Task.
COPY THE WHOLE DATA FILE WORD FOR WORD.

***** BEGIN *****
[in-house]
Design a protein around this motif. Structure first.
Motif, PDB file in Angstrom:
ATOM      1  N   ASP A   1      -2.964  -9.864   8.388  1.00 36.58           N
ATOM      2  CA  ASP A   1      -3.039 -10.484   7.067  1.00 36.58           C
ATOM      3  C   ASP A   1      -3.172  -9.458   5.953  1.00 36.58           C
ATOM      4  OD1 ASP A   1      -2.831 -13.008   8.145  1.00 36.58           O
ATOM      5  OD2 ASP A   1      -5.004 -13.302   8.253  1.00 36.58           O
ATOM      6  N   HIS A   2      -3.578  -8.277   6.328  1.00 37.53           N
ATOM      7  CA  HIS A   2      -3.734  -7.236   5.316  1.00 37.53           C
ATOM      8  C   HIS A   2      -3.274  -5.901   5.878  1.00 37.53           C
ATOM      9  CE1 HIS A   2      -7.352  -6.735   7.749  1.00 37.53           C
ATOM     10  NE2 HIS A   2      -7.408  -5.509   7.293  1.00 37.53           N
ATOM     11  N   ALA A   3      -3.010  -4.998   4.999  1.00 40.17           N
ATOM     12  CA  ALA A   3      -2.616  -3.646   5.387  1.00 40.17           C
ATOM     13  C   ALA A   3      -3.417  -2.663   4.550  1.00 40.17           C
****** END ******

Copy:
[in-house]
Design a protein around this motif. Structure first.
Motif, PDB file in Angstrom:
ATOM      1  N   ASP A   1      -2.964  -9.864   8.388  1.00 36.58           N
ATOM      2  CA  ASP A   1      -3.039 -10.484   7.067  1.00 36.58           C
ATOM      3  C   ASP A   1      -3.172  -9.458   5.953  1.00 36.58           C
ATOM      4  OD1 ASP A   1      -2.831 -13.008   8.145  1.00 36.58           O
ATOM      5  OD2 ASP A   1      -5.004 -13.302   8.253  1.00 36.58           O
ATOM      6  N   HIS A   2      -3.578  -8.277   6.328  1.00 37.53           N
ATOM      7  CA  HIS A   2      -3.734  -7.236   5.316  1.00 37.53           C
ATOM      8  C   HIS A   2      -3.274  -5.901   5.878  1.00 37.53           C
ATOM      9  CE1 HIS A   2      -7.352  -6.735   7.749  1.00 37.53           C
ATOM     10  NE2 HIS A   2      -7.408  -5.509   7.293  1.00 37.53           N
ATOM     11  N   ALA A   3      -3.010  -4.998   4.999  1.00 40.17           N
ATOM     12  CA  ALA A   3      -2.616  -3.646   5.387  1.00 40.17           C
ATOM     13  C   ALA A   3      -3.417  -2.663   4.550  1.00 40.17           C